When she fired me she said that she would be a reference, but that was before she knew about my complaints I filed.  Now I think she wishes she never hired me, which is different than her wishing that she never engaged in wage theft and retaliation in the first place.

I also have emails from previous employees stating that she engaged in the same illegal labor practices with them.  Glad I have witnesses to the Executive Director's illegal activity.

Feel free to write a letter of complaint addressed to the board members!

Send mail to:

Marie Strait, Board President
San Jose Museum of Quilts & Textiles
520 South 1st St.
San Jose, CA 95113

For a full listing of board members please visit:

Monday, September 29, 2014

Officer w/ CA Labor Commissioner Agrees I have Valid Wage Theft and Retaliation Claims

My claims will be moving on into the hearing stage in about two months.  I was sure this would be the outcome of today's conference, but it feels good to have my claims validated.

And just so you know boss, that amount of money the officer quoted will only increase over the two months we all wait for the hearing due to more lost wages and waiting time penalties.  Maybe your HR consultant should have been aware of that fact.

Friday, September 26, 2014

What it is Like to be a Victim of Wage Theft in the Arts

Let me just say that I didn't expect to have my wages stolen, but they were.  The director of the museum where I worked knew full well what she was doing.  I even received an email from a former employee who told me the director did the same thing to her.  That former employee didn't think to take further action like I did.  I can't blame her because this is a museum that people love.  Even I love the museum, but I know that it is time for a new director to take over, thus I had to act.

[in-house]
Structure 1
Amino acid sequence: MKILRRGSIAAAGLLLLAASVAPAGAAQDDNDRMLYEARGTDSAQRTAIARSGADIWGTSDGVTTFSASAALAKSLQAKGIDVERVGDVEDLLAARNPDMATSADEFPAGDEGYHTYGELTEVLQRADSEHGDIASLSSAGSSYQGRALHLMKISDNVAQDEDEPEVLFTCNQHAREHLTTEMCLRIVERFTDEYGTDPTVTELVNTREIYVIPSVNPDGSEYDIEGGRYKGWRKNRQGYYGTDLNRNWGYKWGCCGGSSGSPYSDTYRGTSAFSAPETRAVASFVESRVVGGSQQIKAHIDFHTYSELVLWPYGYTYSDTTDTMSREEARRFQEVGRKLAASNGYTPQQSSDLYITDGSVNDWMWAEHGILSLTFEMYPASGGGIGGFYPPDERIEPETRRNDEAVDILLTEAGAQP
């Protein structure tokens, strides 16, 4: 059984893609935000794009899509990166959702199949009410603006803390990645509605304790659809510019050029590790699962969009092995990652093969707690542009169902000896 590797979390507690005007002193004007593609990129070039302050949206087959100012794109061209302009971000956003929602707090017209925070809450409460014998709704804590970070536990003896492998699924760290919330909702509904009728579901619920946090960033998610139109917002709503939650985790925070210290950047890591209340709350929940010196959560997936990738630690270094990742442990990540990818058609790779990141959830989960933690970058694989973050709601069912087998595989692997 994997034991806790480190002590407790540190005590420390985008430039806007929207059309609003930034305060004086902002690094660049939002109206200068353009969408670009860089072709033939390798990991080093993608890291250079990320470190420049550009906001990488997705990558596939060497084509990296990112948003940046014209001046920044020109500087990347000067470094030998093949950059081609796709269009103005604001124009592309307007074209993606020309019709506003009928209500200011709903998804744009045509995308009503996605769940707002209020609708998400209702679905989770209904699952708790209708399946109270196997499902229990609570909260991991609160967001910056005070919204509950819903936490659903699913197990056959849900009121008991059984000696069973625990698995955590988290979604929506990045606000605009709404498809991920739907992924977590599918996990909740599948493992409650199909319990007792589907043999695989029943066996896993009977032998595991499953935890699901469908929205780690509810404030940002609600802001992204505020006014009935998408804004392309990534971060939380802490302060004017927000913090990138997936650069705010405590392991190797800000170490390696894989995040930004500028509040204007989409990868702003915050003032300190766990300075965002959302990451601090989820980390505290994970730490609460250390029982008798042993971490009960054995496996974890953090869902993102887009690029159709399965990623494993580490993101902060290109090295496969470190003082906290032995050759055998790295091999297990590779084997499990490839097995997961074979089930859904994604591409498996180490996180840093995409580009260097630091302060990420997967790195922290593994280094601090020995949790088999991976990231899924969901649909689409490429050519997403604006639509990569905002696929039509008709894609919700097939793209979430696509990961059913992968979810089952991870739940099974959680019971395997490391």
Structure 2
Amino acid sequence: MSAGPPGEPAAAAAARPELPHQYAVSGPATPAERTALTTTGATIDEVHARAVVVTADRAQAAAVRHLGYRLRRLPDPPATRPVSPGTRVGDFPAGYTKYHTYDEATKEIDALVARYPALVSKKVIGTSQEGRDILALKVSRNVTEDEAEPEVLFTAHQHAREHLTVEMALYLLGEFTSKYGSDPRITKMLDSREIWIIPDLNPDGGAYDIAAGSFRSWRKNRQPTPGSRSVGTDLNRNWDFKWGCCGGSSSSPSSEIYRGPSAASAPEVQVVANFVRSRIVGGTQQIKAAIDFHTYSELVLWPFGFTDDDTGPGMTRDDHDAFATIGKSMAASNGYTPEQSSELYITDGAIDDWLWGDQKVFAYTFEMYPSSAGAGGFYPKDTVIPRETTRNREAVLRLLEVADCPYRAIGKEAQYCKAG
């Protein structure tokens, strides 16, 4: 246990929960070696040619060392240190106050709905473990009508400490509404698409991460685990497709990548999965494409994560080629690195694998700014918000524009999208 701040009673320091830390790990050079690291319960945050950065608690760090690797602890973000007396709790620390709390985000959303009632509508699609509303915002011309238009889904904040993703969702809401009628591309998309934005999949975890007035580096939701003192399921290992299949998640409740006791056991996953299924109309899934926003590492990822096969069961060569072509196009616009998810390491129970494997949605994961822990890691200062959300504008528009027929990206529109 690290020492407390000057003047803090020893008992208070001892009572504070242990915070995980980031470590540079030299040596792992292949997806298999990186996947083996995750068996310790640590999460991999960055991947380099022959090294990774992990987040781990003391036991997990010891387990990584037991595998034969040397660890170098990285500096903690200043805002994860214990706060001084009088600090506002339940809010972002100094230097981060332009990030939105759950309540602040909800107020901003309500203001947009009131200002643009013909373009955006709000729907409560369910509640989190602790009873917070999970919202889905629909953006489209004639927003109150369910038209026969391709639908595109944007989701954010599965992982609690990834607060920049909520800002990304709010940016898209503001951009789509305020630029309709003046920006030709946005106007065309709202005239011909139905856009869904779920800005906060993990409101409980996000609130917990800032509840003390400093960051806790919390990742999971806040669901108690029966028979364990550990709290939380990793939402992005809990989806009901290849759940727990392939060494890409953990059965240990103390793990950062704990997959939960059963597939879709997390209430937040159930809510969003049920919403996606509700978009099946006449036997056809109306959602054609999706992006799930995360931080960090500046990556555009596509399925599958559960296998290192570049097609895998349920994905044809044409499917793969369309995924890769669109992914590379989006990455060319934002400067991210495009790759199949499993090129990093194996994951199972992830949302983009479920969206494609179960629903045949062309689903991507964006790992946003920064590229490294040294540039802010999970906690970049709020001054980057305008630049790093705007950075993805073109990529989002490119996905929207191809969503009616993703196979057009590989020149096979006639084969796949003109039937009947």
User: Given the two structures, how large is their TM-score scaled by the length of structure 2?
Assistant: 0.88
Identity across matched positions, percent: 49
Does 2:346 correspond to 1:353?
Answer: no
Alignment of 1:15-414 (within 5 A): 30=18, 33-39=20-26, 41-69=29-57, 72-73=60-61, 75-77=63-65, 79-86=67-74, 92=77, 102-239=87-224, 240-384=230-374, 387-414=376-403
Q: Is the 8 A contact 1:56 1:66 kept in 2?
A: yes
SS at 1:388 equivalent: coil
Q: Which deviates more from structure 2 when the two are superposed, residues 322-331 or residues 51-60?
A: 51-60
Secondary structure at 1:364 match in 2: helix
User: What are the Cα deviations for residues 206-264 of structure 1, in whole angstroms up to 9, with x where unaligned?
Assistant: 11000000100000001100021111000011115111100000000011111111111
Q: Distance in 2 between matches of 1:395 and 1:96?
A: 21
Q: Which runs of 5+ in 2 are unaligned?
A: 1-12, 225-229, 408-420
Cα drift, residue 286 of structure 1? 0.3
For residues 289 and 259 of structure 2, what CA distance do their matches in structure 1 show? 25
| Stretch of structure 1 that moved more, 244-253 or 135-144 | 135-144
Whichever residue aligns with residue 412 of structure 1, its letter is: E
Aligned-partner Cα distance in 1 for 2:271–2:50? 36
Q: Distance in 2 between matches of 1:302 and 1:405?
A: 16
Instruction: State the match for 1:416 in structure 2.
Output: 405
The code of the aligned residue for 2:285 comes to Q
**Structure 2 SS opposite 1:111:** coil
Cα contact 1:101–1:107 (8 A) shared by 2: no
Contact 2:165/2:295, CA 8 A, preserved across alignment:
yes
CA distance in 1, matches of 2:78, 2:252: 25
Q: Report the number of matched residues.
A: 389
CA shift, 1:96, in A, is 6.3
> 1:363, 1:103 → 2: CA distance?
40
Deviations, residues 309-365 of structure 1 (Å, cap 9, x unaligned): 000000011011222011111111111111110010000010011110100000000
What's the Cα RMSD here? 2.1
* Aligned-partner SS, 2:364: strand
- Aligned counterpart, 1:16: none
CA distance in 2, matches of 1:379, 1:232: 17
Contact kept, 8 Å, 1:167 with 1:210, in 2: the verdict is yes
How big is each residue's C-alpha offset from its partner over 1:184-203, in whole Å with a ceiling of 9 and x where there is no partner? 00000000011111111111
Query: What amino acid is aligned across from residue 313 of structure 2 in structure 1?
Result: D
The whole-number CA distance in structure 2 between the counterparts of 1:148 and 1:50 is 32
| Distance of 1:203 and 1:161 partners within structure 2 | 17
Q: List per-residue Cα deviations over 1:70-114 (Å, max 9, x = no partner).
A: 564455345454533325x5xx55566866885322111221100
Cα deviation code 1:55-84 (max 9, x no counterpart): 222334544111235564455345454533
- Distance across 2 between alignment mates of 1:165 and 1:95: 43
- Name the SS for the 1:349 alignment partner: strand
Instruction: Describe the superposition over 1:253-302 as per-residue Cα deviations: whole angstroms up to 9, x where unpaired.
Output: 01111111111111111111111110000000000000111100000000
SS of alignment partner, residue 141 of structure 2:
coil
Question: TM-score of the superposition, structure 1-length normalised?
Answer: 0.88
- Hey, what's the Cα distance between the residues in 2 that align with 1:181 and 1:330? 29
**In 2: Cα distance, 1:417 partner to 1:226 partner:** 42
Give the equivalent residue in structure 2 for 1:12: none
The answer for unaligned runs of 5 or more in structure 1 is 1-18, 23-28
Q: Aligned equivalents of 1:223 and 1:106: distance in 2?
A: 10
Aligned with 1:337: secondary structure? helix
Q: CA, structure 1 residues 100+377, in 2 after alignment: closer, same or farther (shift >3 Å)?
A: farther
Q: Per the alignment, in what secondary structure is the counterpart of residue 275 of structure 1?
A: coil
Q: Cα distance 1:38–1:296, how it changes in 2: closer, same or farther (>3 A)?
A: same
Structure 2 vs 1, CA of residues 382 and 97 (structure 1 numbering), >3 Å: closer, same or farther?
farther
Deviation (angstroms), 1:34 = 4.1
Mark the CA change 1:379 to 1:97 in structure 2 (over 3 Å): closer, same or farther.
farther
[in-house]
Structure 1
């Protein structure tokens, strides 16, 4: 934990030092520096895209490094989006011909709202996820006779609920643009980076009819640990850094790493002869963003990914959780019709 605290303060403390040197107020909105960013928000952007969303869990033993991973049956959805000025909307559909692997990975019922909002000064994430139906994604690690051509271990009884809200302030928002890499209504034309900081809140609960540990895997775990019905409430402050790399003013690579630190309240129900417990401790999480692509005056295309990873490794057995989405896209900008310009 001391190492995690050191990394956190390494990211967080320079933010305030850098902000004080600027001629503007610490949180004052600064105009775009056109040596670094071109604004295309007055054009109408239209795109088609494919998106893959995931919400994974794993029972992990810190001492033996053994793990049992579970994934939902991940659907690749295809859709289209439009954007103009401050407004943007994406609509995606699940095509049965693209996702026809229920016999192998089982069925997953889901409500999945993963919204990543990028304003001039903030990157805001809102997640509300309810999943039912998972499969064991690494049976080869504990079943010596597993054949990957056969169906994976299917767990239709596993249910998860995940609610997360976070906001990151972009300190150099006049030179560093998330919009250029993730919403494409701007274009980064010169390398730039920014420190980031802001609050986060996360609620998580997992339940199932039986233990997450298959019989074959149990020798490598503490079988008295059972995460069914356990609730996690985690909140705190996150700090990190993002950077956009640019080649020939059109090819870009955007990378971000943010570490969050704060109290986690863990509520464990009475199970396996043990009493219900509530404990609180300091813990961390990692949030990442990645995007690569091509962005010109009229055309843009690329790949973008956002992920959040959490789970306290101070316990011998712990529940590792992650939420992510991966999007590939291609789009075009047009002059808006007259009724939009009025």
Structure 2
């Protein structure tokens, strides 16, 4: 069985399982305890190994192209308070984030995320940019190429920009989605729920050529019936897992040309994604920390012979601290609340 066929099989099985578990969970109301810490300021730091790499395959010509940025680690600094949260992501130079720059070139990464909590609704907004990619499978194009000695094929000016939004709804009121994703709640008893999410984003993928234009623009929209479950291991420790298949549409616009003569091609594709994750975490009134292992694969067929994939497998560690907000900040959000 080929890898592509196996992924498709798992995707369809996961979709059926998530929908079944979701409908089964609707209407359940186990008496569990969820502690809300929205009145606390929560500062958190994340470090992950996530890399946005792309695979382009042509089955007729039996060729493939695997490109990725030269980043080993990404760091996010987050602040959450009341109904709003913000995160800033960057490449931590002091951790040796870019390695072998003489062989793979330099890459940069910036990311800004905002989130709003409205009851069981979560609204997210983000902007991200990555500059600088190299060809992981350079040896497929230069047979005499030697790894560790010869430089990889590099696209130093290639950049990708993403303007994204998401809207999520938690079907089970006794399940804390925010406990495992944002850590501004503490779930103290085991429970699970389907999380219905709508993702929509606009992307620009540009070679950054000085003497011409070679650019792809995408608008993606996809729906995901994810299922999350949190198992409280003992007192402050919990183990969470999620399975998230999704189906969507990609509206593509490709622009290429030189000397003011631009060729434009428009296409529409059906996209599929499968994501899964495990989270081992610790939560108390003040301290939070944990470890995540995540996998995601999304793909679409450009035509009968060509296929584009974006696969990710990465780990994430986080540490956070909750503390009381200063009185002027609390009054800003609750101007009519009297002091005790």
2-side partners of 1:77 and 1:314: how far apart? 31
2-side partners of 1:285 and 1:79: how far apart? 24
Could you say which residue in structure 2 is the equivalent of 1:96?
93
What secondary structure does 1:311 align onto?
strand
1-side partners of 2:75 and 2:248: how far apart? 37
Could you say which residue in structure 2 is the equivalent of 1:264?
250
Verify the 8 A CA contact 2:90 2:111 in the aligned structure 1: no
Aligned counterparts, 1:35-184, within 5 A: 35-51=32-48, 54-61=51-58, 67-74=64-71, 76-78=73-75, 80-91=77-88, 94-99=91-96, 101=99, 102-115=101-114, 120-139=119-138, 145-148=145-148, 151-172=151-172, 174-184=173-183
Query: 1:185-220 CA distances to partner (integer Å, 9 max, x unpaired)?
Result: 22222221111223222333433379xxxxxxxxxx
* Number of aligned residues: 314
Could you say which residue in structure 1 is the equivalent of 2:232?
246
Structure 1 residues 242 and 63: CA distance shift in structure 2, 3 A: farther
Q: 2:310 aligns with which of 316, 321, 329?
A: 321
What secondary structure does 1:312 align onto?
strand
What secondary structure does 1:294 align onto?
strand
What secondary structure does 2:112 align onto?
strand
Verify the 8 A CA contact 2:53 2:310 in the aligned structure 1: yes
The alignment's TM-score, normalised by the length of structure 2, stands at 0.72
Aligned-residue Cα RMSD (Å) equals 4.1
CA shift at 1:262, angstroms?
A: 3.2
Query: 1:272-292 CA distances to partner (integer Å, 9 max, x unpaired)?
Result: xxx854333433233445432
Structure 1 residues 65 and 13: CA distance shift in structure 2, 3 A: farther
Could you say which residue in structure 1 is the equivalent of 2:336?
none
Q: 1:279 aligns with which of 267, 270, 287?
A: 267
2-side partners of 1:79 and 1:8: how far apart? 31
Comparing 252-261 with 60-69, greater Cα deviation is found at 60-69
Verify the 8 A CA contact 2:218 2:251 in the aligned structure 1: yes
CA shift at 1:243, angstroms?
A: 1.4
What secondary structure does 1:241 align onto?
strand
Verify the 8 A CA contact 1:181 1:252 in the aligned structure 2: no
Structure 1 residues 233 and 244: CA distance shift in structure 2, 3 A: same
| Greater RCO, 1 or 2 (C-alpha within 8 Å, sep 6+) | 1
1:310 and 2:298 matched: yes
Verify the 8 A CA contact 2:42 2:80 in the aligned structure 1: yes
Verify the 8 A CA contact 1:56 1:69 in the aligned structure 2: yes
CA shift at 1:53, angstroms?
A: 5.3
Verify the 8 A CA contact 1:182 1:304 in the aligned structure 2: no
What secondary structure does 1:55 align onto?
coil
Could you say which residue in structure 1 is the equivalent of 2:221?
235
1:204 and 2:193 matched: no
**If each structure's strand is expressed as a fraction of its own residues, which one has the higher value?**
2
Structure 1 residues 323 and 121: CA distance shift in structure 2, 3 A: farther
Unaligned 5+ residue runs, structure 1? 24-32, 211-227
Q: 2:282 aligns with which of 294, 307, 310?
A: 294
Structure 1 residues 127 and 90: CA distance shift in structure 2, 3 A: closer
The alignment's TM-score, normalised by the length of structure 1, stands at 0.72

Sadly, the museum faces a real financial crisis.  The city and county will revoke the museum's eligibility to receive grant monies.  Yes, I do love the museum, however, I am not the one who broke the law.  I am the one who stepped up to the plate to make sure it got enforced.  In March of 2013 the museum was close to having to close its doors for good, but somehow the director, being a professional fundraiser, was able to secure enough funds to keep it going.  That's great!  That is how I was able to get a job there.  What I didn't know is that the director would take advantage of me and the fact that I needed a job.

Now that I've filed a wage claim, there is a VERY STRONG possibility that a wage theft judgement will be passed against the museum.  What big donor is going to want to give her money once that happens?  Plus, once the judgement gets passed I will file a complaint with her professional organization, the Association of Fundraising Professionals, and she faces a very good possibility that her credentials will be revoked.  That is what I want because I believe that she does not deserve to be a member of an organization that prides itself on high ethical standards if she can not follow all applicable local, state, and federal labor laws.

I think her behavior speaks volumes about the current state of the arts.  Yes, with a poor economic outlook fundraising has gotten more difficult and maybe she is just very ignorant of wage and labor laws or maybe she felt like it was acceptable to take advantage of me in order to save the museum a few extra dollars.

What bothers me most is that even though the city and county will not be willing to award grant monies to a nonprofit that has had a wage theft judgement passed against them, guess what?  Private foundations don't care.  They operate under the assumption that all wage and labor laws are being followed by default.  All the private foundation cares about is that the nonprofit has a current 501c3 status with the IRS.  So, my former employer can continue taking advantage of new employees without worrying too much about lost grant funding.  Unfortunately for her, it is my goal to give her something much more to worry about, like her career.  That is why I'm glad I can file complaints with her professional organization.